I had no idea what to expect going into this book. I never thought I’d finish the thing in just a few days and feel so utterly connected to someone I’d never met. Knowing Nikki’s story has reminded me why I started to write about mental illness online, even though it often leaves me feeling vulnerable to expose myself to the world.
Read the full review at Fiona Likes to Blog.
Stories of girls being sexually abused by male relatives are sadly all too common. But on some occasions the predator in the family can even turn out to be that most trusted confidant of all – the mother.
That was the case for Nikki DuBose who carries mental scars from the trauma of her own late mother sexually abusing her for several years. Now an activist and author, the 31-year-old ex-model is bravely sharing her story with ENTITY.
Read the full article at Entitymag.
Washed Away: From Darkness to Light reflects a story of recovery and determination. Dubose allows us not only into her world, but similarly, into her thoughts, feelings, and emotions. She opens up about important conversations surrounding mental illness and the modeling industry that teaches a standard of “beauty” that is not always healthy and realistic. The memoir provides honest reflection as we see the stages of childhood, adolescence, adulthood and what Dubose takes away from each stage of her own life.
Read the full review at Empowered Eating.
You had a very rough start in life. Tell us about your childhood.
I grew up in a violent, dysfunctional family, however, hardly anyone knew that because I went to a private Christian school and we lived in a nice house. My parents divorced when I was two and my mom remarried to a much older man who kind of swept her off her feet.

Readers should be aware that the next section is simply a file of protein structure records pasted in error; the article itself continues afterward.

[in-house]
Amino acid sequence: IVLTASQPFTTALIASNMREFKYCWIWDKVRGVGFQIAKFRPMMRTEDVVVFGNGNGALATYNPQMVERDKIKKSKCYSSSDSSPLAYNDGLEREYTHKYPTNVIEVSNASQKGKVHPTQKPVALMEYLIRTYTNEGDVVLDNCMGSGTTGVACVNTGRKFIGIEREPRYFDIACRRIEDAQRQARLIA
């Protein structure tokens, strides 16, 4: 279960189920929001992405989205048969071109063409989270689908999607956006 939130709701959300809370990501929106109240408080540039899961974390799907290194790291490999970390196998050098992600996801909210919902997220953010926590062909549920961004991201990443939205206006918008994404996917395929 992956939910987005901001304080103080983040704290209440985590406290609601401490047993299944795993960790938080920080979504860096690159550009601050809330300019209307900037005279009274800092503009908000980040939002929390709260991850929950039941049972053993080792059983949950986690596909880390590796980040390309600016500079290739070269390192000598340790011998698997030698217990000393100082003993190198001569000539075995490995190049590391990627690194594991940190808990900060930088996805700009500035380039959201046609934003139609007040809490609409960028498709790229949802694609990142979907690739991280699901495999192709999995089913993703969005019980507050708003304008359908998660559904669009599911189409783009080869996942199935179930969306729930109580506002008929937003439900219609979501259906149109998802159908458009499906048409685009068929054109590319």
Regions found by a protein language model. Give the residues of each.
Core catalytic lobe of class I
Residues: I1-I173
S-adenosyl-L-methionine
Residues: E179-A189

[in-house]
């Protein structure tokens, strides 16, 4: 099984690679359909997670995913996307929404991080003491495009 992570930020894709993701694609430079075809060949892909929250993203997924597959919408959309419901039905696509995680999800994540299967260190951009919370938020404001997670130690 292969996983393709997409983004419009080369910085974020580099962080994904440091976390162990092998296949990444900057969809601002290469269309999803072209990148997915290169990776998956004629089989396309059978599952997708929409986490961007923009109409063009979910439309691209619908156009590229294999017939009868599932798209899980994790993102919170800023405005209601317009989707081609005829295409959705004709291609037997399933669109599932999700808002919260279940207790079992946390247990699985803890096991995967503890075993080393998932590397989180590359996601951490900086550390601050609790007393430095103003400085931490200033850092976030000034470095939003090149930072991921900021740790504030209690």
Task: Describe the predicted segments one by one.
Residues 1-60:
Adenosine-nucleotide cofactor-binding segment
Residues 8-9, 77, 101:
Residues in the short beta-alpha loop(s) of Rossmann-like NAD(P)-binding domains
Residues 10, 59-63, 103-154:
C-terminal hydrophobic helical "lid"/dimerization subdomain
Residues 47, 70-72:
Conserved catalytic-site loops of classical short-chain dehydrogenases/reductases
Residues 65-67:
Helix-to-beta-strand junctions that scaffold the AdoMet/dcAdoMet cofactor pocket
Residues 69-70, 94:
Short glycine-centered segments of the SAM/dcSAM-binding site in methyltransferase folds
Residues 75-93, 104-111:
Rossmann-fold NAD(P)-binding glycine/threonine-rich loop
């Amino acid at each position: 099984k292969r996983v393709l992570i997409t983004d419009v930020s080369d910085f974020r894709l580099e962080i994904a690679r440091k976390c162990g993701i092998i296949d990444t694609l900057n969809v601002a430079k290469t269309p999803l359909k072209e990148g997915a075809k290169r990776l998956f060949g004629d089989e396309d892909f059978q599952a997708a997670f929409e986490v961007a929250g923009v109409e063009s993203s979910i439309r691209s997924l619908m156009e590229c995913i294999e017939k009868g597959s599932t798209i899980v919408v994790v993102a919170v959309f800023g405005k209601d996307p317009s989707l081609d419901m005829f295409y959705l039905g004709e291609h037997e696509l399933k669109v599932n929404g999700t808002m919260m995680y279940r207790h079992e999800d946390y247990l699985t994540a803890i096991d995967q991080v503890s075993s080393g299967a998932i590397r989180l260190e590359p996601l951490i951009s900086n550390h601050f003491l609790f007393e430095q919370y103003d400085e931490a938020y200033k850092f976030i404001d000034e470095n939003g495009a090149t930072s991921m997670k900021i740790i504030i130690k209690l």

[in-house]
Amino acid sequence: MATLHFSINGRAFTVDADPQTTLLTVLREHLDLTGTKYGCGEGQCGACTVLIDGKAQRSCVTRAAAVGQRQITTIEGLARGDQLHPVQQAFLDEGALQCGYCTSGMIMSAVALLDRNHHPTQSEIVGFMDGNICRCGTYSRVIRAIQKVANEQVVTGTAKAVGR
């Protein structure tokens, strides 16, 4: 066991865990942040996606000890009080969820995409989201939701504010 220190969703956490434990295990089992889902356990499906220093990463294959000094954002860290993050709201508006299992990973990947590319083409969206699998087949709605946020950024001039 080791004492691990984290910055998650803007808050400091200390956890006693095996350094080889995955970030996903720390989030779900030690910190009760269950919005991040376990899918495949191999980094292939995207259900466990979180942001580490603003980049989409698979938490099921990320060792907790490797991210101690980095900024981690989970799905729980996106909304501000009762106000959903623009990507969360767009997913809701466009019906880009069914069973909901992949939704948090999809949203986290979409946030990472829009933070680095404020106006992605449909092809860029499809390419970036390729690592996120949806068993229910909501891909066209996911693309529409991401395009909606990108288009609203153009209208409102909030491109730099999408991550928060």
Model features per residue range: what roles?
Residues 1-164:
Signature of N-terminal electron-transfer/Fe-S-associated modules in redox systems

Starting at four, I was subjected to physical abuse and then at 8, sexual abuse by a male figure. I developed binge eating disorder as a way to cope with the trauma, and later Body Dysmorphic Disoder and bulimia, which lasted for over fifteen years. My mom sexually abused me from the ages of 9 to 13 until the police removed me from my house. I suppressed those memories until my late twenties.
Read the full interview at Plaid for Women.
If you are looking for a story about a remarkable human being, with perseverance and resilience, who describes her horrifying and haunting life story with candor and courage, than I highly recommend Washed Away: From Darkness To Light, a memoir by Nikki DuBose with James Johanson. It is definitely not a light read – so be forewarned now. Washed Away is emotionally wrenching, compelling and brutally honest, truly providing insight into the mind of someone with mental illness and allowing the reader to understand her deepest and darkest thoughts.
Read the full review at Slay Girl Society.